Fans of garage-rockers The White Stripes discovered a very unexpected sentence in the liner notes of the band’s 2001 album White Blood Cells: “The White Stripes would like to dedicate this album to Loretta Lynn.”
Were they kidding? Could these 20-something rock roughhousers really idolize a country legend 40 years their elder? Was Stripes leader Jack White serious when he called Loretta “the greatest female singer/songwriter of the 20th century”?
The proof is Van Lear Rose, Loretta’s first album in four years and best in far longer. Jack White produced, arranged and assembled the band, recording in a little house outside Nashville. His admiration for his heroine’s tunesmithing talent is reflected in the writing credits: Rose is the first album of Loretta originals in decades. Her lyrics are unpretentiously autobiographical, touching on her upbringing, spirituality and the 1996 death of husband Doolittle.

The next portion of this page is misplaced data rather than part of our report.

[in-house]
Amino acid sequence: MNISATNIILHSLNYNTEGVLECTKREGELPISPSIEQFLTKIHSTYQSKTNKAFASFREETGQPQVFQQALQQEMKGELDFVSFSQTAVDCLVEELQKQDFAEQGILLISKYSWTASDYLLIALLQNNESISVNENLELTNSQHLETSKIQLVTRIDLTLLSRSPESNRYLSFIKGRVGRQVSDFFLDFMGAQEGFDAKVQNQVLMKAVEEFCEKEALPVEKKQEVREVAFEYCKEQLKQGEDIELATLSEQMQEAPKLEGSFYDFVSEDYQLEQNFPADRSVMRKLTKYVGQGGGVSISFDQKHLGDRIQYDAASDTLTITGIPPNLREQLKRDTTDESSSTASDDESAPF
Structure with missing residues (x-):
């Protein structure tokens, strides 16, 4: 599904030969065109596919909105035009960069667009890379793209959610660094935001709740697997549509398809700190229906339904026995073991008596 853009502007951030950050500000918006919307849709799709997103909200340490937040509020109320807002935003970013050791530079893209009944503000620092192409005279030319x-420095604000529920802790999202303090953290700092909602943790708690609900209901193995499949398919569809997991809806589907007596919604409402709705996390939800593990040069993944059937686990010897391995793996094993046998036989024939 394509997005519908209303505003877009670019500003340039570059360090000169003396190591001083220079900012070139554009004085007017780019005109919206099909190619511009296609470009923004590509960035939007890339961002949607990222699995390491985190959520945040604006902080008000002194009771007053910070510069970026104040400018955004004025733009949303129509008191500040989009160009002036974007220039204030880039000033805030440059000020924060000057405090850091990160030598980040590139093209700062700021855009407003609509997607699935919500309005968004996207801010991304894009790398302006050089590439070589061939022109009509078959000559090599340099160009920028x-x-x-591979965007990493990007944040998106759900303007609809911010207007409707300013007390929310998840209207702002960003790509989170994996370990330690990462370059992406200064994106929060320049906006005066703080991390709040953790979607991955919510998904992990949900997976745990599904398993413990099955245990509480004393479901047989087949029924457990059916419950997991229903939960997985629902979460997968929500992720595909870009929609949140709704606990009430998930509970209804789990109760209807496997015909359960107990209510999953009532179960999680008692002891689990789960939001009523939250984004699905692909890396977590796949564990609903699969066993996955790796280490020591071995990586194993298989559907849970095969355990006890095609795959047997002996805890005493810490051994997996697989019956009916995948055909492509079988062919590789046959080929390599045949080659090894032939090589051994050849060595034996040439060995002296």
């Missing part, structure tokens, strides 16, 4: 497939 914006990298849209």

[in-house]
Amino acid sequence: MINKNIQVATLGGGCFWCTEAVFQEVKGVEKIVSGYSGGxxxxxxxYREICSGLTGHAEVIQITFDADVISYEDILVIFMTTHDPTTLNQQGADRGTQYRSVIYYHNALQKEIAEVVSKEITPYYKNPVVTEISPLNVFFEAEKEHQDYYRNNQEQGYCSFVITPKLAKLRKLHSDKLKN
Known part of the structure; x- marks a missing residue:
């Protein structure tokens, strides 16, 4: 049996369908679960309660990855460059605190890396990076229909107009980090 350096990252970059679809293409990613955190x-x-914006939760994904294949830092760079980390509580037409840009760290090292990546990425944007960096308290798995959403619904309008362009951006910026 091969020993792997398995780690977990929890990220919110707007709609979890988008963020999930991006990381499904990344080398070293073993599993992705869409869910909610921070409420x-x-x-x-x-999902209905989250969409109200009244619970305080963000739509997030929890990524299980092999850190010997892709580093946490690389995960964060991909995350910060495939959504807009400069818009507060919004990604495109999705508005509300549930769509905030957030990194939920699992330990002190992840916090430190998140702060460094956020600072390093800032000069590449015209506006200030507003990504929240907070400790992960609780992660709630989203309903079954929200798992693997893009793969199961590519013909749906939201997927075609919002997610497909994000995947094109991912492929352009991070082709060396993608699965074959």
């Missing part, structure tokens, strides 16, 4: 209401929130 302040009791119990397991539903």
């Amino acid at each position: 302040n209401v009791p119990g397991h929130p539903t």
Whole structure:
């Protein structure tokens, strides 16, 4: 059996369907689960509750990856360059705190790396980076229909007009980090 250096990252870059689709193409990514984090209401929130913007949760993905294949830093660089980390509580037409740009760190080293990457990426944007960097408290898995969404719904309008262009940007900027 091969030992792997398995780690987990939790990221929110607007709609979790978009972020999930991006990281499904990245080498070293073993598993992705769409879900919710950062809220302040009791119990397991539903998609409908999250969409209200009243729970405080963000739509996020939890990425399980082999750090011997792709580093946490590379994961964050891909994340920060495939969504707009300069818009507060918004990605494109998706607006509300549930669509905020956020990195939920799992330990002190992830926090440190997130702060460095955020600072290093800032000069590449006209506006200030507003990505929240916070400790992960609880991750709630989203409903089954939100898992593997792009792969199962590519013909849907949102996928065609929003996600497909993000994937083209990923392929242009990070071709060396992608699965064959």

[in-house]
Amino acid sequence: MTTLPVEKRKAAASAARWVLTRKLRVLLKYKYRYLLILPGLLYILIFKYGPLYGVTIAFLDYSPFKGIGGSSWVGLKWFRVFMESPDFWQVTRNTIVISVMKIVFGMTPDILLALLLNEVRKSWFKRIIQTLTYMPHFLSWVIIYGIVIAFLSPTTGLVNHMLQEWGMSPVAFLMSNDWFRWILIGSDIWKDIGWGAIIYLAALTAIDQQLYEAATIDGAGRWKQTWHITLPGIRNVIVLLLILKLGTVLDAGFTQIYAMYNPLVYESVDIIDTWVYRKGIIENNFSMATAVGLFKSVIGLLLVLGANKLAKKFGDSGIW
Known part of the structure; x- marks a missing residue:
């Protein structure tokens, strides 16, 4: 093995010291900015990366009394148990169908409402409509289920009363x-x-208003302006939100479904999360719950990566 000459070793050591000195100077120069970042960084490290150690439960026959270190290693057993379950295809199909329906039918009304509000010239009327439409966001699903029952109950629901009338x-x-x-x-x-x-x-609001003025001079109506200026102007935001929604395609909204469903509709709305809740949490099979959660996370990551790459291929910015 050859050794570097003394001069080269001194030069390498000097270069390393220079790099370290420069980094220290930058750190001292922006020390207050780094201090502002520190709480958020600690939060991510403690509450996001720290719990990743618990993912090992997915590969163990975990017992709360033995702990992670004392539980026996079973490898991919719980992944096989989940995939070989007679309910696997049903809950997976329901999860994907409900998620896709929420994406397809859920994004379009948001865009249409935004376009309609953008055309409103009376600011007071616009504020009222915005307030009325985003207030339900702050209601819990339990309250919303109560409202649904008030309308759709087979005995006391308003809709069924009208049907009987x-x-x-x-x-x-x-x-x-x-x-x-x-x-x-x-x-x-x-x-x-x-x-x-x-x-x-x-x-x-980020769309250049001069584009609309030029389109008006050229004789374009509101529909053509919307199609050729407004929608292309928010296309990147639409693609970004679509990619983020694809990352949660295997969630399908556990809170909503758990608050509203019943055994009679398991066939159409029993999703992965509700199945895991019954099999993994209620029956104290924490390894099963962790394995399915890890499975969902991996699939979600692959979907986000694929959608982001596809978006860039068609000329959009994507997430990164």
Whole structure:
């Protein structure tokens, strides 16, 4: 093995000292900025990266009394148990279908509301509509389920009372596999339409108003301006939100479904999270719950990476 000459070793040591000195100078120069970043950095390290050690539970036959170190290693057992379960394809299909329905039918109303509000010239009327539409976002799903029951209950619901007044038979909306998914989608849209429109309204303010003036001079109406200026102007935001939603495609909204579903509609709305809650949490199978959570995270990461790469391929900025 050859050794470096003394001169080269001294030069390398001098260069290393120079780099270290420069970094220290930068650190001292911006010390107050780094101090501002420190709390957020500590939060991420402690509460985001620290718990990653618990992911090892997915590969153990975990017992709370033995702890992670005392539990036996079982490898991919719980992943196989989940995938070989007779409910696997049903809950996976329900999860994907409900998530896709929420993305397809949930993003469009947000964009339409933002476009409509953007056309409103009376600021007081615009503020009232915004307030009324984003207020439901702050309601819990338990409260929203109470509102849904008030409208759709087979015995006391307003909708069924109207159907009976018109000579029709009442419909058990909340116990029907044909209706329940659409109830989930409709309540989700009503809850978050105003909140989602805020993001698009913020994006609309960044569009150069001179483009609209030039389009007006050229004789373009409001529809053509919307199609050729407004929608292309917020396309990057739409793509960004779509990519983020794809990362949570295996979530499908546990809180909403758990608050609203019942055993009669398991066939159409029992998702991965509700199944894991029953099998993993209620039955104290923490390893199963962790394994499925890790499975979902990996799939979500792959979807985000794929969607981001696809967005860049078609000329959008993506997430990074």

Jack occasionally casts these songs in traditional country settings, but the most interesting tracks find him pushing Loretta into new territory – the rip-snorting rockabilly of “Have Mercy,” the racing rush of “Mrs. Leroy Brown,” the roiling rumble of “Portland, Oregon.”
Cuts like those may alienate longtime Loretta fans. Too bad, because it’s that fearless sense of adventure that makes this album more than just a reminder of Loretta’s greatness – it deepens, expands and enriches our picture of one of country’s most durably colorful stars.